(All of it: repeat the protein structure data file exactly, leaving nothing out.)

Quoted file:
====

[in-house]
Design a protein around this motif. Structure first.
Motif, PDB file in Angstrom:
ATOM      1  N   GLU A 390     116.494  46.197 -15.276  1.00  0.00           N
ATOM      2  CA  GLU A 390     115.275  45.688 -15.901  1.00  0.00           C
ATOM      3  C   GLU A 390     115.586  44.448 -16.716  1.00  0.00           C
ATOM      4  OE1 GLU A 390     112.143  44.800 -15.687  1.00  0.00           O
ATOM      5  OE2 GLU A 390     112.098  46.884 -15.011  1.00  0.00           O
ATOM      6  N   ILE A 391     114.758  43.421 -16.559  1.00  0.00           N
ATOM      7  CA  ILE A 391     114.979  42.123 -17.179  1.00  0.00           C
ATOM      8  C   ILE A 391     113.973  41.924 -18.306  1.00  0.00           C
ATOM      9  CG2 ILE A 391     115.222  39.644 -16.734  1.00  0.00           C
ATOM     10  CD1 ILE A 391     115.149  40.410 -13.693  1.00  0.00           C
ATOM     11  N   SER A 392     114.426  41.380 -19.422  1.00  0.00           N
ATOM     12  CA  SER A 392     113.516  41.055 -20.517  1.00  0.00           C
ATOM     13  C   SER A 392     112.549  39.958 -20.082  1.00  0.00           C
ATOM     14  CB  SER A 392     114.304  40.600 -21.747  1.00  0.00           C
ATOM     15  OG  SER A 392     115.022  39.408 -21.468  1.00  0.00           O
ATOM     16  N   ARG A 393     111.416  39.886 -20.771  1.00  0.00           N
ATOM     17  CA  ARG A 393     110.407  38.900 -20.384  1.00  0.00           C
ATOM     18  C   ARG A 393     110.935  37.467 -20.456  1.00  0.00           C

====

[in-house]
Design a protein around this motif. Structure first.
Motif, PDB file in Angstrom:
ATOM      1  N   GLU A 390     116.494  46.197 -15.276  1.00  0.00           N
ATOM      2  CA  GLU A 390     115.275  45.688 -15.901  1.00  0.00           C
ATOM      3  C   GLU A 390     115.586  44.448 -16.716  1.00  0.00           C
ATOM      4  OE1 GLU A 390     112.143  44.800 -15.687  1.00  0.00           O
ATOM      5  OE2 GLU A 390     112.098  46.884 -15.011  1.00  0.00           O
ATOM      6  N   ILE A 391     114.758  43.421 -16.559  1.00  0.00           N
ATOM      7  CA  ILE A 391     114.979  42.123 -17.179  1.00  0.00           C
ATOM      8  C   ILE A 391     113.973  41.924 -18.306  1.00  0.00           C
ATOM      9  CG2 ILE A 391     115.222  39.644 -16.734  1.00  0.00           C
ATOM     10  CD1 ILE A 391     115.149  40.410 -13.693  1.00  0.00           C
ATOM     11  N   SER A 392     114.426  41.380 -19.422  1.00  0.00           N
ATOM     12  CA  SER A 392     113.516  41.055 -20.517  1.00  0.00           C
ATOM     13  C   SER A 392     112.549  39.958 -20.082  1.00  0.00           C
ATOM     14  CB  SER A 392     114.304  40.600 -21.747  1.00  0.00           C
ATOM     15  OG  SER A 392     115.022  39.408 -21.468  1.00  0.00           O
ATOM     16  N   ARG A 393     111.416  39.886 -20.771  1.00  0.00           N
ATOM     17  CA  ARG A 393     110.407  38.900 -20.384  1.00  0.00           C
ATOM     18  C   ARG A 393     110.935  37.467 -20.456  1.00  0.00           C